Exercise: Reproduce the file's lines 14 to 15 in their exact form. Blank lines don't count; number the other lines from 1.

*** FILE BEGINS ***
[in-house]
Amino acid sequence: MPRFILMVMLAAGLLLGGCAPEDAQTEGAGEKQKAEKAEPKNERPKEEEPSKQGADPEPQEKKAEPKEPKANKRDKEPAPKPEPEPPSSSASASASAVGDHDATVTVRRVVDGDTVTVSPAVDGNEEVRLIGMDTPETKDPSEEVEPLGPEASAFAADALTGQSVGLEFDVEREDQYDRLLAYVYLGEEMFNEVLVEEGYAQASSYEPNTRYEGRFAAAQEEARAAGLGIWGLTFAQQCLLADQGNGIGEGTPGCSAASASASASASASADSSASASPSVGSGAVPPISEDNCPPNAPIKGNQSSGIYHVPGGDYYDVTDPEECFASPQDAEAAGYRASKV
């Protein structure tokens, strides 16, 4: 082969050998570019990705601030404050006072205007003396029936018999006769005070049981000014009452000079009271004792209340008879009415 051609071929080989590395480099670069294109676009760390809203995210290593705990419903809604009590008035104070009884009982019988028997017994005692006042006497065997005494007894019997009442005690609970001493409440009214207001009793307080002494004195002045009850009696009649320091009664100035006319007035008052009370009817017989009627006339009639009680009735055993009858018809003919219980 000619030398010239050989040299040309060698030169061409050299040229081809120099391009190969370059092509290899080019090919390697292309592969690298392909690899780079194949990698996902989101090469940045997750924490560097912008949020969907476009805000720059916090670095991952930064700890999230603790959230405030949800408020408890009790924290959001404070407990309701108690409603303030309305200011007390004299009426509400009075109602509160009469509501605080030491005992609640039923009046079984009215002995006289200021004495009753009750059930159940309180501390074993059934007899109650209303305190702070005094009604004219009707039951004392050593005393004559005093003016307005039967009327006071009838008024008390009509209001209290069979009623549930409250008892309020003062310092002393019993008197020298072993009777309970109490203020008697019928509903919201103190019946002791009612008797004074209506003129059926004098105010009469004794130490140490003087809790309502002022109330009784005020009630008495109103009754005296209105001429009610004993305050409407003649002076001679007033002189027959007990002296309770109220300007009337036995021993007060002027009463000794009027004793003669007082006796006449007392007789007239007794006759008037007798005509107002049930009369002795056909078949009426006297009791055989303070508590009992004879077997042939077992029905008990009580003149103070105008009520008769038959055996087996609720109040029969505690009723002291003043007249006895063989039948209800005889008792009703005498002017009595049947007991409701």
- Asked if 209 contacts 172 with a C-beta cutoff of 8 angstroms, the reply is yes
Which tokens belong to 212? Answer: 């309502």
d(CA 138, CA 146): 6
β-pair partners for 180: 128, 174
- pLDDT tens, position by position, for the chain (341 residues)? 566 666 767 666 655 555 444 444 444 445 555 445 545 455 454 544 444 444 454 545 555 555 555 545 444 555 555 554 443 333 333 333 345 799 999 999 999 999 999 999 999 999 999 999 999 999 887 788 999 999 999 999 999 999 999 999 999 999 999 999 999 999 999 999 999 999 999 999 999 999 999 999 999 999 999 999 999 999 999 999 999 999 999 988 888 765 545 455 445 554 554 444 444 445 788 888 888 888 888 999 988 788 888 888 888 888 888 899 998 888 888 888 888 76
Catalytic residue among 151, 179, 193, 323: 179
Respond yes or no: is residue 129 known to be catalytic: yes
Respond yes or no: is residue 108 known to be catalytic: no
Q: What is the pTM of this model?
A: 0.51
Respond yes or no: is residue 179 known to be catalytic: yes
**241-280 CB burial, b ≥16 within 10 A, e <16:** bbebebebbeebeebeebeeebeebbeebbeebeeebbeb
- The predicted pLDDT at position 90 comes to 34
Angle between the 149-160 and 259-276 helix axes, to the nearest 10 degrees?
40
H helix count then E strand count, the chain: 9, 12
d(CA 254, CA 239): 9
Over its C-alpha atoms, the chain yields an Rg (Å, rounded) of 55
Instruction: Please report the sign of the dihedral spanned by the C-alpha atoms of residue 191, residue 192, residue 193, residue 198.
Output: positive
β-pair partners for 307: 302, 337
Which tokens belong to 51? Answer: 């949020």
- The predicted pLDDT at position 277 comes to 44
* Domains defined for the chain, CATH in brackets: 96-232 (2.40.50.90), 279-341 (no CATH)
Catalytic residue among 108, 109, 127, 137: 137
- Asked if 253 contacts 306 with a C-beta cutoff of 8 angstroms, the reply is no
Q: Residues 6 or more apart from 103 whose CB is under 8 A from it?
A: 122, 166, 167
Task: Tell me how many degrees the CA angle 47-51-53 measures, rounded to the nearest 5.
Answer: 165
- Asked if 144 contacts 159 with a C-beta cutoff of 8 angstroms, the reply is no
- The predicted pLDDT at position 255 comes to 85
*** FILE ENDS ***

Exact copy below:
Respond yes or no: is residue 179 known to be catalytic: yes
**241-280 CB burial, b ≥16 within 10 A, e <16:** bbebebebbeebeebeebeeebeebbeebbeebeeebbeb